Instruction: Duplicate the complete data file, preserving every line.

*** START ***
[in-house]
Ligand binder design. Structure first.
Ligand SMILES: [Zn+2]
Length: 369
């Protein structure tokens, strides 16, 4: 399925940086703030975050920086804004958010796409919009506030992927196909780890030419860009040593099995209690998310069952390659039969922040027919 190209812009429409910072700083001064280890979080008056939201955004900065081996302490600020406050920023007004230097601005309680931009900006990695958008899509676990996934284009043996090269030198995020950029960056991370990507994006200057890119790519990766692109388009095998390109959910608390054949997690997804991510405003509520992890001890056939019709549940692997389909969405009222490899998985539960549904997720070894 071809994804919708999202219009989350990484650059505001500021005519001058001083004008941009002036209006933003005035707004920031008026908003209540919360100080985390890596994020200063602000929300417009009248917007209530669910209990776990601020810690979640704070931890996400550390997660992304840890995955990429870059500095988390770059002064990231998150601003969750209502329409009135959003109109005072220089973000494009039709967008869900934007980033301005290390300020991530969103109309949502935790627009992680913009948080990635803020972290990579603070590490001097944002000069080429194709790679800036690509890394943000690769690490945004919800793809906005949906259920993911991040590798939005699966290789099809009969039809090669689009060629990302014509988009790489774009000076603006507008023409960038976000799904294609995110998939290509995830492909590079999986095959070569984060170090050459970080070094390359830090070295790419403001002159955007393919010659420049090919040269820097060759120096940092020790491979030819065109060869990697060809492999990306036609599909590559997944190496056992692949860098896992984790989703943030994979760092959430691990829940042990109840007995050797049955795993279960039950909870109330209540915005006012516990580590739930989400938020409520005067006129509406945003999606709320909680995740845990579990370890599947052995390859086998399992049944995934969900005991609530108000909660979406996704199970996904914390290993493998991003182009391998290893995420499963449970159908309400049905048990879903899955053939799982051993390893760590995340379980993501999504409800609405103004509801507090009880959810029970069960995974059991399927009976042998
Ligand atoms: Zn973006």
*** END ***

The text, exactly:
[in-house]
Ligand binder design. Structure first.
Ligand SMILES: [Zn+2]
Length: 369
């Protein structure tokens, strides 16, 4: 399925940086703030975050920086804004958010796409919009506030992927196909780890030419860009040593099995209690998310069952390659039969922040027919 190209812009429409910072700083001064280890979080008056939201955004900065081996302490600020406050920023007004230097601005309680931009900006990695958008899509676990996934284009043996090269030198995020950029960056991370990507994006200057890119790519990766692109388009095998390109959910608390054949997690997804991510405003509520992890001890056939019709549940692997389909969405009222490899998985539960549904997720070894 071809994804919708999202219009989350990484650059505001500021005519001058001083004008941009002036209006933003005035707004920031008026908003209540919360100080985390890596994020200063602000929300417009009248917007209530669910209990776990601020810690979640704070931890996400550390997660992304840890995955990429870059500095988390770059002064990231998150601003969750209502329409009135959003109109005072220089973000494009039709967008869900934007980033301005290390300020991530969103109309949502935790627009992680913009948080990635803020972290990579603070590490001097944002000069080429194709790679800036690509890394943000690769690490945004919800793809906005949906259920993911991040590798939005699966290789099809009969039809090669689009060629990302014509988009790489774009000076603006507008023409960038976000799904294609995110998939290509995830492909590079999986095959070569984060170090050459970080070094390359830090070295790419403001002159955007393919010659420049090919040269820097060759120096940092020790491979030819065109060869990697060809492999990306036609599909590559997944190496056992692949860098896992984790989703943030994979760092959430691990829940042990109840007995050797049955795993279960039950909870109330209540915005006012516990580590739930989400938020409520005067006129509406945003999606709320909680995740845990579990370890599947052995390859086998399992049944995934969900005991609530108000909660979406996704199970996904914390290993493998991003182009391998290893995420499963449970159908309400049905048990879903899955053939799982051993390893760590995340379980993501999504409800609405103004509801507090009880959810029970069960995974059991399927009976042998
Ligand atoms: Zn973006």